Emotion theory I think the theory of James–Lange theory is probably the best known of all theories of emotion, if for no other reason than that it has generated a controversy that has spread from the 19th to the 21st century. Perhaps because of this it has also acted heuristically and stimulated other theories and much research (Cannon 106). He characterized, rightly, the everyday way of theorizing about these emotions as being: we mentally perceive somethingThis produces a mental affect emotionThis produces some bodily expression. James argued that the bodily changes follow directly the perception of the existing fact, and that our feeling of the same changes as they occur IS the emotion.
For instance, in terms of the everyday theory, rather than face some public performance to which we are unused at this point we become anxious and then have butterflies in the stomach, tremble, stutter and so on. In James’s terms we face the public performance, have butterflies, tremble, stutter, and as a result feel anxious (Cannon 109). James was making a clear volte-face on previous thought, the guts of his theory depending on the view that the visceral discharges associated with some external situation actually lead to the emotion as we know and experience it.
Support for this theory was based largely on introspection. The argument can be reduced to a few main points. James asserted that any sensation has extremely complex physiological manifestations and that these are all felt, some obviously, some more obscurely. We imagine some strong emotion and then try to push from consciousness all feelings of the bodily symptoms associated with it (Cannon 115). If we do this successfully, then in James’s terms there will be nothing left; the emotion will be gone.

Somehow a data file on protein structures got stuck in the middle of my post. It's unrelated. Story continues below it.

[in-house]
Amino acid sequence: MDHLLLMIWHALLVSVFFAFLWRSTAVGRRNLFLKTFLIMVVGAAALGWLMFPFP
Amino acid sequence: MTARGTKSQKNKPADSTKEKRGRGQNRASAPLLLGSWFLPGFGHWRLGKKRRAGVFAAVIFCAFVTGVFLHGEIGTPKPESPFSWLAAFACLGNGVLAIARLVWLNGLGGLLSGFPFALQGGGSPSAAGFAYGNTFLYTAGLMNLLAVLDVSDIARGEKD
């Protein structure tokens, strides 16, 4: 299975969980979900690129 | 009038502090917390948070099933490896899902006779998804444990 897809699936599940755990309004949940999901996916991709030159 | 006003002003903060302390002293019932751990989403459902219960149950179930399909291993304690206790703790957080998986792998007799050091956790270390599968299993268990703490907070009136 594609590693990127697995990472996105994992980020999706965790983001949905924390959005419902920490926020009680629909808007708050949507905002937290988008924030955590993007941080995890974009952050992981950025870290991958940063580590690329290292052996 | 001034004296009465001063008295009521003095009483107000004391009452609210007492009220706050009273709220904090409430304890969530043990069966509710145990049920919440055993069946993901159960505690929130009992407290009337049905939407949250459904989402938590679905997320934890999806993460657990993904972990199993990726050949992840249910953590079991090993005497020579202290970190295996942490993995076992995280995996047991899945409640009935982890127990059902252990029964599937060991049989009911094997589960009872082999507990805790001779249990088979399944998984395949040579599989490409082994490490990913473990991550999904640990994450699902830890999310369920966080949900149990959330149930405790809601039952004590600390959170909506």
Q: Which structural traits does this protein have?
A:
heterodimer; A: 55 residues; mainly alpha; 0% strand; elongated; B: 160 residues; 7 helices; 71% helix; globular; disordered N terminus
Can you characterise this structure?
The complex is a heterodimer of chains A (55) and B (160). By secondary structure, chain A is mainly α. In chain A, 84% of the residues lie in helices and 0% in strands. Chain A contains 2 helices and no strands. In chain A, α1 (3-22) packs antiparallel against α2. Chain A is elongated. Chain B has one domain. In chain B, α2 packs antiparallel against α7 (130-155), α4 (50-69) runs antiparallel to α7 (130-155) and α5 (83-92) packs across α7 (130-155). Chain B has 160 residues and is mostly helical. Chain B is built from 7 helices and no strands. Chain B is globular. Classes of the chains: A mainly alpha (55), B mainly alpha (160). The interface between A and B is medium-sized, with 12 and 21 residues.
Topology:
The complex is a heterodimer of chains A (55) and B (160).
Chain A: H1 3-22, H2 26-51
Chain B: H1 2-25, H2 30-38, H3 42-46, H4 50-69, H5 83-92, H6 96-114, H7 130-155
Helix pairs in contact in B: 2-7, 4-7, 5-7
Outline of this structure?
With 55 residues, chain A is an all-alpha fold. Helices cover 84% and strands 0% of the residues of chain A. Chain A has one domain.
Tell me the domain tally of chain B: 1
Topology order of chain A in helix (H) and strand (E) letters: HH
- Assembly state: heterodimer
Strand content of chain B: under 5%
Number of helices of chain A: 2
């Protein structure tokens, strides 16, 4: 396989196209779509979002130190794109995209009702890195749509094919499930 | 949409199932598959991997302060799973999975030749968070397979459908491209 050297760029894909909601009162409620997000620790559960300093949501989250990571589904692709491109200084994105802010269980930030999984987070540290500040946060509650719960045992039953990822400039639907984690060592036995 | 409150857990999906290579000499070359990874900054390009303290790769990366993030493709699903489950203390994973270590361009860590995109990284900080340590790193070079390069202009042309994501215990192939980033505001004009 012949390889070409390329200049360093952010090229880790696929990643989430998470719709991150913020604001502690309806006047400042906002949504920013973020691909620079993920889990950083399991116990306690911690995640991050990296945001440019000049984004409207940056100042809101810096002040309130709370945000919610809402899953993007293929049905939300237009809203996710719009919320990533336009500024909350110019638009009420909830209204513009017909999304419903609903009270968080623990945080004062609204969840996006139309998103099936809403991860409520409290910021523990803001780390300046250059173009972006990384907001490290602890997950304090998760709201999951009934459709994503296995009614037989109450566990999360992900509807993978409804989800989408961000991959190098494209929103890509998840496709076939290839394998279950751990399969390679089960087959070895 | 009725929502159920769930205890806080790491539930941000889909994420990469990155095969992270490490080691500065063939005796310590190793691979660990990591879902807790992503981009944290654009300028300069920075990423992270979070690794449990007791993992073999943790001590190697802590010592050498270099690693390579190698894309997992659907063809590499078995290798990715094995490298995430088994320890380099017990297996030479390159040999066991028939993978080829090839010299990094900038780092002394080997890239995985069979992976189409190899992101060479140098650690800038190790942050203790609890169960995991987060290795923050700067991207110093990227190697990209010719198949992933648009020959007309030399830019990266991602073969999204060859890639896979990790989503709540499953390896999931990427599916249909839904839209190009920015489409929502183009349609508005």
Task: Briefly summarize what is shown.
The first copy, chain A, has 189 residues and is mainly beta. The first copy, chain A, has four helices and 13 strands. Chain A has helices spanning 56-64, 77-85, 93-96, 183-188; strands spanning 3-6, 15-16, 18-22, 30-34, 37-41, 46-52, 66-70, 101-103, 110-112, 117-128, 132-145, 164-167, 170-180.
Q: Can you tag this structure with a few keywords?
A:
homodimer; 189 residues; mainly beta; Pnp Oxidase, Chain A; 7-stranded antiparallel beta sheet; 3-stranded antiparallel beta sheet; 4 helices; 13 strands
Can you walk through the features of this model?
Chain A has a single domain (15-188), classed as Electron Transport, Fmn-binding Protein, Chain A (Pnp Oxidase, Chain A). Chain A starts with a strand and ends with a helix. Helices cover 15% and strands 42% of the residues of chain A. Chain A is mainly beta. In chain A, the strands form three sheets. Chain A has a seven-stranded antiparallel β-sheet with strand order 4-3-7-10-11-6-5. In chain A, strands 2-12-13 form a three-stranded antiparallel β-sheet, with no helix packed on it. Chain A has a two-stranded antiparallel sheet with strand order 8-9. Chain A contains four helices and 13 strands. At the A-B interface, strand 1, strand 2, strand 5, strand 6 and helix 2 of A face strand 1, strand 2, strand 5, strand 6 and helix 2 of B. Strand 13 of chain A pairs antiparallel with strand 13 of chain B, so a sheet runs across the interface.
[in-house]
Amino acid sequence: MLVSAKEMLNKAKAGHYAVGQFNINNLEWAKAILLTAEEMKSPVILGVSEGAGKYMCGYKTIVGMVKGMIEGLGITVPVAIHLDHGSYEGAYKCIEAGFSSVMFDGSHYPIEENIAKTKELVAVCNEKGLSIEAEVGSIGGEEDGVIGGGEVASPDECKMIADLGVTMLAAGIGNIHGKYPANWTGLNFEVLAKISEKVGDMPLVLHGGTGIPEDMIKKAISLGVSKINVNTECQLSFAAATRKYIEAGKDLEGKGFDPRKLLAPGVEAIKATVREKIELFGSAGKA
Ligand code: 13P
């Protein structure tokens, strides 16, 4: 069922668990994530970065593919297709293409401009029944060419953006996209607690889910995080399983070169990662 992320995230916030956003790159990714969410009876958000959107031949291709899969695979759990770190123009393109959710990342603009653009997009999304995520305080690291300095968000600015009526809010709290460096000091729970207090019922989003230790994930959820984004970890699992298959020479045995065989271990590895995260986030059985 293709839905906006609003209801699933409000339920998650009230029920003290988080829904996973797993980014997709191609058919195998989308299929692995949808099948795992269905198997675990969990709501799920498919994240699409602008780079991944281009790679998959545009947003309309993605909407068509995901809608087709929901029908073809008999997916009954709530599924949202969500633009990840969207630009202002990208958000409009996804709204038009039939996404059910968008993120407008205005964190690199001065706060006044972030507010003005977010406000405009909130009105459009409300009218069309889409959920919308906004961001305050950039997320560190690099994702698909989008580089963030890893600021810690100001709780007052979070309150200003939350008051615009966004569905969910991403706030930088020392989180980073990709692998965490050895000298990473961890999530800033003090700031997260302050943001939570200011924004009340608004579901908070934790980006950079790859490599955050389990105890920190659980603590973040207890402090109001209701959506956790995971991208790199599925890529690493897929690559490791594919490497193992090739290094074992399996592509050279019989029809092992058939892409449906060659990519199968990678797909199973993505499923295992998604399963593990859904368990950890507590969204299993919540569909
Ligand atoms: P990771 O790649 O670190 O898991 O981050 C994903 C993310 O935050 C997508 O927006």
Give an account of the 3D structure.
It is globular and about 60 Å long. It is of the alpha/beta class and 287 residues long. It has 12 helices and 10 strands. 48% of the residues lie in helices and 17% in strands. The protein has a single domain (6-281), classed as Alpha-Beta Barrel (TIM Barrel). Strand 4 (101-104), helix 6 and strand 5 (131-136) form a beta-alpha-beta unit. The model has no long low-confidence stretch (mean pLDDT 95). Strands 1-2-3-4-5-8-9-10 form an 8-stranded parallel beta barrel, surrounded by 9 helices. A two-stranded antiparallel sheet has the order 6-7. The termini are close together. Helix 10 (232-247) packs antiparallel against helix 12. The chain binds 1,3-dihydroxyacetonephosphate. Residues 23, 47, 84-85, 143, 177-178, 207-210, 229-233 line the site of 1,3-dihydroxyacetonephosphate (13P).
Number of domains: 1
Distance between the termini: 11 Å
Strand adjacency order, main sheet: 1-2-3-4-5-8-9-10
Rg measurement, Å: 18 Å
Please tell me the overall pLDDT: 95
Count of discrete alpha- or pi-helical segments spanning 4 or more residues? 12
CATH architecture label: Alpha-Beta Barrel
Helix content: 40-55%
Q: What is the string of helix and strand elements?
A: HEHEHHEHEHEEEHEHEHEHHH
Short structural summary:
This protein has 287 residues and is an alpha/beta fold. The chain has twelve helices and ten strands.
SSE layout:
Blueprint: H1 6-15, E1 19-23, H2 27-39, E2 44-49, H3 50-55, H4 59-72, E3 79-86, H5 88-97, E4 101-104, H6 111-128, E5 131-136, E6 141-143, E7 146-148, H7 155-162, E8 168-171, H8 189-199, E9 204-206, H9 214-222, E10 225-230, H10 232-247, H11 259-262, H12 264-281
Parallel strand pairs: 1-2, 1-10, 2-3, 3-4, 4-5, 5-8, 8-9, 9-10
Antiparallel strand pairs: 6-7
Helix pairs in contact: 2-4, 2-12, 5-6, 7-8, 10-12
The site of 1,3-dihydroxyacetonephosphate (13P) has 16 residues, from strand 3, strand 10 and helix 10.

He cited many examples of how everyday situations lead to these complex, strong bodily feelings (seeing a child peering over the edge of a cliff, for example) and argued that his case is supported by the idea of how easily we can classify both normal and abnormal behavior according to bodily symptoms. In conclusion, this theory argues that afferent feedback from disturbed organs produces the feeling aspect of emotion. Any cortical activity that comes from this feedback is the emotion itself.
It should be remembered that James not only emphasized the role of the viscera in emotion but also gave a similar role to the voluntary muscles. This laid the groundwork for a search for bodily patterns in emotion and for theories that stress the significance of facial expression in emotion. Work CitedCannon, Walter. "The James-Lange Theory of Emotions: A Critical Examination and an Alternative Theory". The American Journal of Psychology 1997 (39): 106–124.